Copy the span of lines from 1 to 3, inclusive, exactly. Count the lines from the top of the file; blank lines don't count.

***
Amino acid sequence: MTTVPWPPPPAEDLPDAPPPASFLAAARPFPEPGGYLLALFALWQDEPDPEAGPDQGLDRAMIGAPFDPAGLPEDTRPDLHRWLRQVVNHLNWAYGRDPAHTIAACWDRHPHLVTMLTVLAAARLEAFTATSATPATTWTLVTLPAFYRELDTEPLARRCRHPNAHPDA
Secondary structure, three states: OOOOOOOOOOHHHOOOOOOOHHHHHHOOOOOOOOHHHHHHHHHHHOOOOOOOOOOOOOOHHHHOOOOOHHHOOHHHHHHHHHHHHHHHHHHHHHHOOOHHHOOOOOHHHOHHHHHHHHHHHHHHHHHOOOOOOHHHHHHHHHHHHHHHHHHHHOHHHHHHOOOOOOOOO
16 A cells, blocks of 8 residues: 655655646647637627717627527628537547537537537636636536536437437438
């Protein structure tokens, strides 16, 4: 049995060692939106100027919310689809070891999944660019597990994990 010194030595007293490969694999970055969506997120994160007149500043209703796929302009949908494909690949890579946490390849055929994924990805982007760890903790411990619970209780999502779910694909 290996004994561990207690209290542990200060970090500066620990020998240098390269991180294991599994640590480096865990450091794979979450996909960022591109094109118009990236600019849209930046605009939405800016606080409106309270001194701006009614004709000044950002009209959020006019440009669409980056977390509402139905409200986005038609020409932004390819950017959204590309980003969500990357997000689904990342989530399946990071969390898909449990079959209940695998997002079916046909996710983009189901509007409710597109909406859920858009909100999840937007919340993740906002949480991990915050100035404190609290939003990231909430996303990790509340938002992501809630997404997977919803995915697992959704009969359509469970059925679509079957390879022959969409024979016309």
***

Amino acid sequence: MTTVPWPPPPAEDLPDAPPPASFLAAARPFPEPGGYLLALFALWQDEPDPEAGPDQGLDRAMIGAPFDPAGLPEDTRPDLHRWLRQVVNHLNWAYGRDPAHTIAACWDRHPHLVTMLTVLAAARLEAFTATSATPATTWTLVTLPAFYRELDTEPLARRCRHPNAHPDA
Secondary structure, three states: OOOOOOOOOOHHHOOOOOOOHHHHHHOOOOOOOOHHHHHHHHHHHOOOOOOOOOOOOOOHHHHOOOOOHHHOOHHHHHHHHHHHHHHHHHHHHHHOOOHHHOOOOOHHHOHHHHHHHHHHHHHHHHHOOOOOOHHHHHHHHHHHHHHHHHHHHOHHHHHHOOOOOOOOO
16 A cells, blocks of 8 residues: 655655646647637627717627527628537547537537537636636536536437437438